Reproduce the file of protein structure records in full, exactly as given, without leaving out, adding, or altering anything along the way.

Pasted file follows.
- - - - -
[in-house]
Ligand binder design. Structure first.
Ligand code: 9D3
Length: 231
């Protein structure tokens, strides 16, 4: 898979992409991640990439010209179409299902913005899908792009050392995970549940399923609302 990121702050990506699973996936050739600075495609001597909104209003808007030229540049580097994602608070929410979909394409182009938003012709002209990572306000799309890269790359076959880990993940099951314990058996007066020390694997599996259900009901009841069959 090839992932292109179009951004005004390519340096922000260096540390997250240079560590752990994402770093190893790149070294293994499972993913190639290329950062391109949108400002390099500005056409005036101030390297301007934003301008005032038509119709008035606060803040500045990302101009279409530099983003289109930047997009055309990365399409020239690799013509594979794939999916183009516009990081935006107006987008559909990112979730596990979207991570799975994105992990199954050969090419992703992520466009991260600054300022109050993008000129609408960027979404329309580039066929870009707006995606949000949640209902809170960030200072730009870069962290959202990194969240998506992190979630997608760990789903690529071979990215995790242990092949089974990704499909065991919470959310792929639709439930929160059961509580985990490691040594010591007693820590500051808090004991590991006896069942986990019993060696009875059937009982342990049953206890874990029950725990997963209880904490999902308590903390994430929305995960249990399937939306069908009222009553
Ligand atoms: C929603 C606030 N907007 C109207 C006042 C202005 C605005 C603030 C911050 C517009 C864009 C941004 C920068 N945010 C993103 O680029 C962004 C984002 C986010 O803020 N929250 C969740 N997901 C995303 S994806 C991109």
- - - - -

[in-house]
Ligand binder design. Structure first.
Ligand code: 9D3
Length: 231
């Protein structure tokens, strides 16, 4: 898979992409991640990439010209179409299902913005899908792009050392995970549940399923609302 990121702050990506699973996936050739600075495609001597909104209003808007030229540049580097994602608070929410979909394409182009938003012709002209990572306000799309890269790359076959880990993940099951314990058996007066020390694997599996259900009901009841069959 090839992932292109179009951004005004390519340096922000260096540390997250240079560590752990994402770093190893790149070294293994499972993913190639290329950062391109949108400002390099500005056409005036101030390297301007934003301008005032038509119709008035606060803040500045990302101009279409530099983003289109930047997009055309990365399409020239690799013509594979794939999916183009516009990081935006107006987008559909990112979730596990979207991570799975994105992990199954050969090419992703992520466009991260600054300022109050993008000129609408960027979404329309580039066929870009707006995606949000949640209902809170960030200072730009870069962290959202990194969240998506992190979630997608760990789903690529071979990215995790242990092949089974990704499909065991919470959310792929639709439930929160059961509580985990490691040594010591007693820590500051808090004991590991006896069942986990019993060696009875059937009982342990049953206890874990029950725990997963209880904490999902308590903390994430929305995960249990399937939306069908009222009553
Ligand atoms: C929603 C606030 N907007 C109207 C006042 C202005 C605005 C603030 C911050 C517009 C864009 C941004 C920068 N945010 C993103 O680029 C962004 C984002 C986010 O803020 N929250 C969740 N997901 C995303 S994806 C991109």